Courses

Language and Use

In this course students will be introduced to resources, techniques and strategies for independent language learning, review key areas of English grammar, sentence structure and vocabulary necessary for University-level speaking, listening, reading and writing, and learn and practice basic conventions of academic reading and essay-writing: basic textual organization, close and critical reading skills, response to a text, quotation and citation from a text in MLA style. Students are expected to be able to assess their current level of proficiency, set goals for improving their weaknesses and monitor their own progress as they work towards meeting their goals.

Literature: Cambridge English Grammar

Goals: To improve students' listening, reading and writing in preparation for academic study, to review and improve key areas of grammar, vocabulary and sentence structure, and to begin thinking about language learning styles and strategies for improving language skills.

 

Oral Communication I 

In this course students are introduced to and practice academic debates, 
discussions and presentations in order to improve their proficiency, accuracy and vocabulary in spoken English and improve their listening skills. In addition, students will develop their critical thinking skills while practicing organizing or running a debate, class activity or discussion.

Prerequisite: Language & Use

 

 

Written Communication I

In this course students will identify weaknesses in and improve their written language ability and practice academic essay writing: outlining, developing an argument, critical thinking and reading, and paraphasing, citing and creating a bibliography in MLA style. Students, reflecting on instructor feedback, are expected to be able to assess their own language level and weaknesses in grammar, sentence structure, vocabulary, orthography and punctuation, register, style, coherence and clarity and improve them using independent language learning skills: using dictionaries, assessing their own (and others) work, and self-editing and correcting.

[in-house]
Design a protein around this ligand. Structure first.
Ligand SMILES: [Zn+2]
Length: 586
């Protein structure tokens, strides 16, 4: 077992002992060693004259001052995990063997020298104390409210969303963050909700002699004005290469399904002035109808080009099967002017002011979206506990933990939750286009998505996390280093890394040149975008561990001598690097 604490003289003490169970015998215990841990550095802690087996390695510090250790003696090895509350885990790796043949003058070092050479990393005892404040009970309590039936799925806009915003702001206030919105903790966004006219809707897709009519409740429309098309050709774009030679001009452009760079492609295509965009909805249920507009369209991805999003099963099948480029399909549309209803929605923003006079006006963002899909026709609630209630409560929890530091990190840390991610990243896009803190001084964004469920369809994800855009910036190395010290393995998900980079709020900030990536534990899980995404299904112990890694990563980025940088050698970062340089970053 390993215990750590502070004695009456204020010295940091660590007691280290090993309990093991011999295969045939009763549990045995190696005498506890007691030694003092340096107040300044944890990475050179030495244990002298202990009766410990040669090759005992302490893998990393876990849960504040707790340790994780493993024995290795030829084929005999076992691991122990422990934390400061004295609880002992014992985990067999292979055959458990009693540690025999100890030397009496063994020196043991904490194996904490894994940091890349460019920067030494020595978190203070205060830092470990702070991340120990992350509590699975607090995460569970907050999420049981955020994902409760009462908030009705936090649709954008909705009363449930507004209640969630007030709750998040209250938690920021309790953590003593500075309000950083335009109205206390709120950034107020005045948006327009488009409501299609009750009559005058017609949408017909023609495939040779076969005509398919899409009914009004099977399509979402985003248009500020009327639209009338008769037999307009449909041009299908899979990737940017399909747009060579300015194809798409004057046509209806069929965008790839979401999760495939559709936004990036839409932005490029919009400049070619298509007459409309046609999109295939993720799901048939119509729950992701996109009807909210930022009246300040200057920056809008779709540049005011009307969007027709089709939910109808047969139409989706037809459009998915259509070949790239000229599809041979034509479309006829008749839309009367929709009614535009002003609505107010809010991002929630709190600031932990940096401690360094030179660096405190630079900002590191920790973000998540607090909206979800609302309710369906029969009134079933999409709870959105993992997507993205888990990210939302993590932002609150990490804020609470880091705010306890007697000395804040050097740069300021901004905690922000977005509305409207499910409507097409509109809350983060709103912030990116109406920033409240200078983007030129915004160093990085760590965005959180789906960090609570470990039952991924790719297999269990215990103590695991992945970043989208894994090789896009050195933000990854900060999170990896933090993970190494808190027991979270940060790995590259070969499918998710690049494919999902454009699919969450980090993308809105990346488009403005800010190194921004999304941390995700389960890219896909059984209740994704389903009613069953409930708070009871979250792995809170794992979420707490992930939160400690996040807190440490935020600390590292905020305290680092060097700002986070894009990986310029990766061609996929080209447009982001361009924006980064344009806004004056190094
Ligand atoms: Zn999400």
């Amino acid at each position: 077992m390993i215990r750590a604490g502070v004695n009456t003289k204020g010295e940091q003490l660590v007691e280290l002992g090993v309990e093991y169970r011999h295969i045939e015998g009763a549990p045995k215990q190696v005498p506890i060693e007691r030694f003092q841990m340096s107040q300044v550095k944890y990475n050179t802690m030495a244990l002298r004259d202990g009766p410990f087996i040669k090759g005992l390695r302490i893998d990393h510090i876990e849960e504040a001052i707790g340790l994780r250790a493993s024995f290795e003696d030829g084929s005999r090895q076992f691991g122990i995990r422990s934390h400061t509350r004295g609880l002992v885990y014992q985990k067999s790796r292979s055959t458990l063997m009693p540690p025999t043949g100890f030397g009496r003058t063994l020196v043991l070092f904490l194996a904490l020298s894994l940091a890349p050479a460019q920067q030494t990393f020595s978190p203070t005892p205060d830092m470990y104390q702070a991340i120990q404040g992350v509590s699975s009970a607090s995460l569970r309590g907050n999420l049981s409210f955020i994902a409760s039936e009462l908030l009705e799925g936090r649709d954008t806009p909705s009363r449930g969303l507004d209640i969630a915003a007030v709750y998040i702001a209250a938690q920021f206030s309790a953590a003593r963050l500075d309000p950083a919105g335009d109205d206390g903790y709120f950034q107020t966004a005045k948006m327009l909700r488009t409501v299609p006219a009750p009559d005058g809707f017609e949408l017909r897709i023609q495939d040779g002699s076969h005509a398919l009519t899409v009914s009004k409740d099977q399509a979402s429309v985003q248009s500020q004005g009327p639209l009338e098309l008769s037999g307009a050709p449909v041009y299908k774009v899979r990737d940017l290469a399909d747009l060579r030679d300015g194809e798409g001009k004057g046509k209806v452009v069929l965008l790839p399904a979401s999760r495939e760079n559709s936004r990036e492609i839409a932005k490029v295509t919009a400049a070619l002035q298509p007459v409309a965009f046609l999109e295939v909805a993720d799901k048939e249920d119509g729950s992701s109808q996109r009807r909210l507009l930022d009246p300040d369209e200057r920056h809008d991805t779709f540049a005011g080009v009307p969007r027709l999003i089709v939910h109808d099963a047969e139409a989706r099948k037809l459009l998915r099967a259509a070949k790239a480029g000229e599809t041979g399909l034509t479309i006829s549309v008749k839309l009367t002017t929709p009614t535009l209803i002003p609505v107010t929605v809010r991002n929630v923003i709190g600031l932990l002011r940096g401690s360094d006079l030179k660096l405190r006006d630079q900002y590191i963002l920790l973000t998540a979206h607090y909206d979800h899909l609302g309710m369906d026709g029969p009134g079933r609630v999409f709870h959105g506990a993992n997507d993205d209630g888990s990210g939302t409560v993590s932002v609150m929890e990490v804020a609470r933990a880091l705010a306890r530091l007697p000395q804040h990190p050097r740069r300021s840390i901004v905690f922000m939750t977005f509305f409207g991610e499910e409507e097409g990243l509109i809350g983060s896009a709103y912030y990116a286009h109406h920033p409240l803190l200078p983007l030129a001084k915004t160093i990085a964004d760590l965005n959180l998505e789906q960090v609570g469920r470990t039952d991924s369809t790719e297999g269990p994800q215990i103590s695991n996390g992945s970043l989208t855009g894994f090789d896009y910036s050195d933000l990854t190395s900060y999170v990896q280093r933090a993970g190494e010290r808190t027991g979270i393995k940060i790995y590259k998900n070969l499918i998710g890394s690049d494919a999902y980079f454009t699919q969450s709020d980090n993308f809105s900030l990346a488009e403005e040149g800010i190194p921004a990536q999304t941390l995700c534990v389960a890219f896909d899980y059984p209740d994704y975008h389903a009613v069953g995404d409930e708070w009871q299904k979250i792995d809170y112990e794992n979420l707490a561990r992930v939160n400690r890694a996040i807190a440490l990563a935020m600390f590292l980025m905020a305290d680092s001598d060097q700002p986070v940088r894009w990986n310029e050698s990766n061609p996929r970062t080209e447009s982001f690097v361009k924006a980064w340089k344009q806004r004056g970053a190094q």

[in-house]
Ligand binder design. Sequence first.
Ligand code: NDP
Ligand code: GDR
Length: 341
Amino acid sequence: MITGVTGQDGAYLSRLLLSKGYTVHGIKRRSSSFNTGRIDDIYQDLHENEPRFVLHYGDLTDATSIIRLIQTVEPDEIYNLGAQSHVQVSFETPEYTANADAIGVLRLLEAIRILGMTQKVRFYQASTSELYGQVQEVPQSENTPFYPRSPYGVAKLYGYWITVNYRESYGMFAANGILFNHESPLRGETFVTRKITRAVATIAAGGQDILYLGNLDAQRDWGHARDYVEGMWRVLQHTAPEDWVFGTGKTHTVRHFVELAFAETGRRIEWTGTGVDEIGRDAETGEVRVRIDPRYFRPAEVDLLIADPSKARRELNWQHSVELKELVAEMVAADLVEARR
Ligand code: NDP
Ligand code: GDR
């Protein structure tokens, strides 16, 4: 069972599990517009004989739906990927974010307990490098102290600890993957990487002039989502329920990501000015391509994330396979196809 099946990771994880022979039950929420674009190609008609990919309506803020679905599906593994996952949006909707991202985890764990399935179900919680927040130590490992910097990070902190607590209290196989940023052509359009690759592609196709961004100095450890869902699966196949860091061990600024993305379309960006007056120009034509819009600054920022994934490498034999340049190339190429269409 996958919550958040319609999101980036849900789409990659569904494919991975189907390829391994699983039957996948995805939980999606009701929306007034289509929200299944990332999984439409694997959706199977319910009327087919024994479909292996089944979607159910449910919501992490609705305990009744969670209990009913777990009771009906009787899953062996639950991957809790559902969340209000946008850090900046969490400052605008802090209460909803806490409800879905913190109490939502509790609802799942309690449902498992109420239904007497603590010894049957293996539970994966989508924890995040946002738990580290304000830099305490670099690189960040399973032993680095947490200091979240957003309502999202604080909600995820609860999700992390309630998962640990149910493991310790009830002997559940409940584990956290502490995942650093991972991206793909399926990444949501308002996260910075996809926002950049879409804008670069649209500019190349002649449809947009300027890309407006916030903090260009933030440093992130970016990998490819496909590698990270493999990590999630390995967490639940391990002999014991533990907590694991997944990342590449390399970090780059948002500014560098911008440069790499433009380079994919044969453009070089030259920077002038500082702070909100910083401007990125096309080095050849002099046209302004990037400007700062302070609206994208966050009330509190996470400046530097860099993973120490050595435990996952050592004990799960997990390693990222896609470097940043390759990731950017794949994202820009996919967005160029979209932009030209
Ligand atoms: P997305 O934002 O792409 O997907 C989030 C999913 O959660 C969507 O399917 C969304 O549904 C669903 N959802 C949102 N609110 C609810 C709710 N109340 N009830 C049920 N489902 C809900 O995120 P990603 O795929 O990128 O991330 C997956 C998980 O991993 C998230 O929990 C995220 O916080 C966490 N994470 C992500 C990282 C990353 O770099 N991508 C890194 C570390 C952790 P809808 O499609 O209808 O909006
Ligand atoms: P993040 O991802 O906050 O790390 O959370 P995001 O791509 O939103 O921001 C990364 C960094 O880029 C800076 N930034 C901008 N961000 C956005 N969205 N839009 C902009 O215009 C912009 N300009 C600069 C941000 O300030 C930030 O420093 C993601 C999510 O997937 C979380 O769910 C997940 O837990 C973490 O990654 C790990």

Prerequisite: Language & Use

 

Translation I 

In this course students will translate texts of different registers and genres; they will learn how to do a basic genre analysis of a text and compare/contrast register, tense and aspect and other differences between German and English; they will examine the process and difficulties of translation; they will do source/target text comparison exercises; and, using instructors feedback, learn to independently evaluate and improve their own English.

Prerequisite: Language & Use

 

Oral Communication II

In this course students will further practice academic debates, discussions and presentations in order to improve their proficiency, accuracy and vocabulary in English. In addition, students will develop critical thinking skills and practice while organizing or running a debate or discussion.  


These courses may be paired with HS. See individual course descriptions each semester for more information. 

 

Written Communication II

Using the writing process, which involves improving and developing aspects of a full version of a written text, students of Written Communication II will write research papers of 1,000 to 1,250 words in length. Depending on the instructor, topics for this paper may be relevant for other classes within the English and American Studies department, or chosen by the student or instructor. Research skills such as the use of online databases and evaluating the validity of sources will be practiced and improved, as will the appropriate usage of secondary sources and the incorporation of chosen quotations into one's own line of argumentation.

Building on the language skills emphasized in Written Communication I, students, reflecting on instructor feedback, are expected to be able to assess their own weaknesses in grammar, sentence structure, vocabulary, orthography, punctuation, organization, focusing on a main idea and developing supporting ideas and improve in these areas using independent language learning skills: using dictionaries, assessing their own (and others) work, and self-editing and correcting. In Written Communication II, special attention will be devoted to style, register and diction

Writing assignments in addition to the research paper will vary from instructor to instructor and may include letters of application for a job or an exchange year and a CV, journalistic articles, creative writing such as short stories and descriptive writing. Please check individual course descriptions in Campus for details.


These courses may be paired with HS see individual course descriptions for more information. 

  

Translation 2: NEW VERSION

This course carries on the work started in Translation I - translating from German into English, thereby developing a better understanding for the target language itself, the process of translating, and acts of intercultural communication. However, this time, whenever a text is dealt with, we will also have a particular translation 'problem' in mind, e.g. domestication vs. foreignisation of a source. In addition, we will take serious looks at specific modes of translating - namely, Subtitling, Dubbing and Mediation (an interpreting-like skill now required of school students, which may make this course of particular interest to 'Lehramt' students).

 

 

British & American Phonetics

This course deals with both major standardised varieties of English - British English and American English. The sound system of both varieties, including the most common features of colloquial/connected speech, are covered in detail. In addition, the kind of problems learners of spoken English might encounter are exammined, as well as potential 'solutions' to them.

 

 

MA Academic Writing